Do you worry about crappy code? Then face reality and grow up.

24 Apr, 2009
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My colleague Age pointed me at a blog post by Uncle Bob about a presentation where a Mr. Josuttis presented the inevitability of crappy code because “businesses will do whatever it takes to cut costs and increase revenue, and therefore businesses will drive software quality inexorably downward”. Uncle Bob proceeds to go against that argument, but I find it to be a technocratic (DSLs and produce better code) and ultimately unsatisfying answer. My answer to the problem?
Face reality, grow up.

The main complaint is something along the lines of: “the business does understand the need for quality and make wrong decisions, trading in necessary quality for features”. So… it’s “their” fault, right? If only “they” would “take you seriously” and “just listen”? Well, what about making that happen instead of whining about it?
Fact of life: resources are finite.
Quality is a multi-headed beast where hundreds of trade-offs need to be made in design, architecture and features against the available resources. In any organization there is a finite amount of resources to go around. There are always more ideas, initiatives, problems and risks that need to be addressed than you have time and money. Every organization needs to make hard choices to allocate that finite amount for maximum effect. Everybody who has a stake of any kind has to justify the need for a slice of those resources: where in the rule book does it say that IT professionals are exempt from this responsibility?
There are many ways to achieve quality, and it is irresponsible and unprofessional not to take constraints into account.
Fact of life: “they” are not evil.
Funny enough, “they” is made up of people too. They live, eat and sleep, have hopes and dreams and love. The problem is not that “they don’t care about quality”, the problem is that “they” are not given a way to make an informed trade-off. In my experience quality is not unfairly pushed to the side when the value of quality can be clearly weighed against other needs. And if some quality is traded off, there at least is a valid business reason for it.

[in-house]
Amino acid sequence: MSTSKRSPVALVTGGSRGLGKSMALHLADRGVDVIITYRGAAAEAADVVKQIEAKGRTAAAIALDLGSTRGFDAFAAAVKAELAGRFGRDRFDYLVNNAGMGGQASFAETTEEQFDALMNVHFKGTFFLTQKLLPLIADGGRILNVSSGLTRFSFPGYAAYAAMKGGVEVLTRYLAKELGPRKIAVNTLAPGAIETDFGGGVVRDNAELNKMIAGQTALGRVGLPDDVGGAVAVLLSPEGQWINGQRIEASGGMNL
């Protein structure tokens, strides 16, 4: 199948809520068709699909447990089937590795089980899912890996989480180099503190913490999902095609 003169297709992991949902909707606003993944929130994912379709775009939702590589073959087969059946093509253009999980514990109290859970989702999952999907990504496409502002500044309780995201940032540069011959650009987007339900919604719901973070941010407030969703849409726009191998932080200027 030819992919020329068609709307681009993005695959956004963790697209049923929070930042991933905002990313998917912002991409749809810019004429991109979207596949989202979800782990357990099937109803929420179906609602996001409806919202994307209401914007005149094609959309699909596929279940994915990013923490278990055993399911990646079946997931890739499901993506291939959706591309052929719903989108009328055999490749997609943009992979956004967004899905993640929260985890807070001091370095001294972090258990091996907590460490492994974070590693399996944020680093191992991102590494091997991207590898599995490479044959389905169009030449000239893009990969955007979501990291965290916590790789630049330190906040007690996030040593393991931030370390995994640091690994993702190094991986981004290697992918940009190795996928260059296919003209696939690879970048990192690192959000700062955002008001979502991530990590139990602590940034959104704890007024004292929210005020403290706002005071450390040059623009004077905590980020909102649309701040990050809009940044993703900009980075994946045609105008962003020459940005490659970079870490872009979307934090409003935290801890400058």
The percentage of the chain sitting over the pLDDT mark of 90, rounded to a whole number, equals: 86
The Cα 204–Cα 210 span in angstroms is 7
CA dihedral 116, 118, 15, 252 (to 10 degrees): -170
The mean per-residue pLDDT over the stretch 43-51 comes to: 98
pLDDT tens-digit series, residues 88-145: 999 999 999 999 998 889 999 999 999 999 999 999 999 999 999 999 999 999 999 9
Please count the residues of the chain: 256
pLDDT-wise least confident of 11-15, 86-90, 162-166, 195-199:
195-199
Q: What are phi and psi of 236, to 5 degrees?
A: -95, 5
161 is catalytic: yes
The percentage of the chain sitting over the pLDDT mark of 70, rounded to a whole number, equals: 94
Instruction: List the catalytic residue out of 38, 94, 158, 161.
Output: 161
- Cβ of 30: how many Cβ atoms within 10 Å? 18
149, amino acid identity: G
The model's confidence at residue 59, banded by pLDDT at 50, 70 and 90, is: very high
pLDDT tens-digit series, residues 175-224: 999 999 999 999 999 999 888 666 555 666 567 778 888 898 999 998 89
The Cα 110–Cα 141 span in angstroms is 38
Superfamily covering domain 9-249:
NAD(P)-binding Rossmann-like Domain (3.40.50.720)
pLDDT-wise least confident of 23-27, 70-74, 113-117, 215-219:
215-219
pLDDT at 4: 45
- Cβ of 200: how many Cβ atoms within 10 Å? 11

Fact of life: proving the business value of quality is YOUR responsibility: you are the only one who CAN.
It is not realistic to expect somebody who does not have the required expertise to judge the business value of quality based only on deep technical details. Therefore it is a responsibility of IT professionals to fill in that gap and translate those deep details into the business value it provides. This does not mean that you need to be a business expert all of a sudden: in practice it’s dead easy to just ask “Why?” a number of times until you’re at a level that is relevant and understandable to “them”.
“WHY do you need to upgrade component X?”.
– “Because it will improve its maintainability for that type of changes we see coming up”.
“WHY is maintainability good?”.
– “Because it will shorten our time to market by about a third”
– “Because it will reduce the effort required to implement that change by about 20% or so.”.
On a side note, this is the way to fix the – in my experience unfailing – trap of the bad “so that” clause in the “As a… I want… So that…” stanza. “I want a button so that I can go to the next screen” is cause and effect, not business value. The trick to fixing this is the same: ask “Why?” until you arrive at a level that allows you to compare user stories based on real business metrics. You can also use old “so that” clauses as the new “I want” so the team has more freedom: “I want to be able to go to the next screen so that…”. Stop doing that if it becomes to vague for the team, though.
Fact of life: to be taken seriously means to act responsibly.
When will you let go of a child’s hand in a busy street? When you trust that they are responsible enough not to run in front of a car. The analogy in an organization is that your opinion will be taken seriously if you are trusted to make a responsible trade-off between quality and other needs.
In Summary
So in summary this is what it takes to prevent crappy code:
– stop the “us-them” thinking. You are part of the business too, “they” are not evil.
– translate deep details into business value by answering a chain of “Why?” questions.
– make responsible trade-offs to be taken seriously and influence decisions
– AND ONLY THEN start implementing your favorite DSL.
I have not seen Mr. Josuttis’ presentation, so I am very aware that I do not know all the nuances in his opinion and story. So my answer is not so much to Mr. Josuttis as it is to the many IT professionals I’ve heard whining about “them”. Stop whining, grow up and do something about it.


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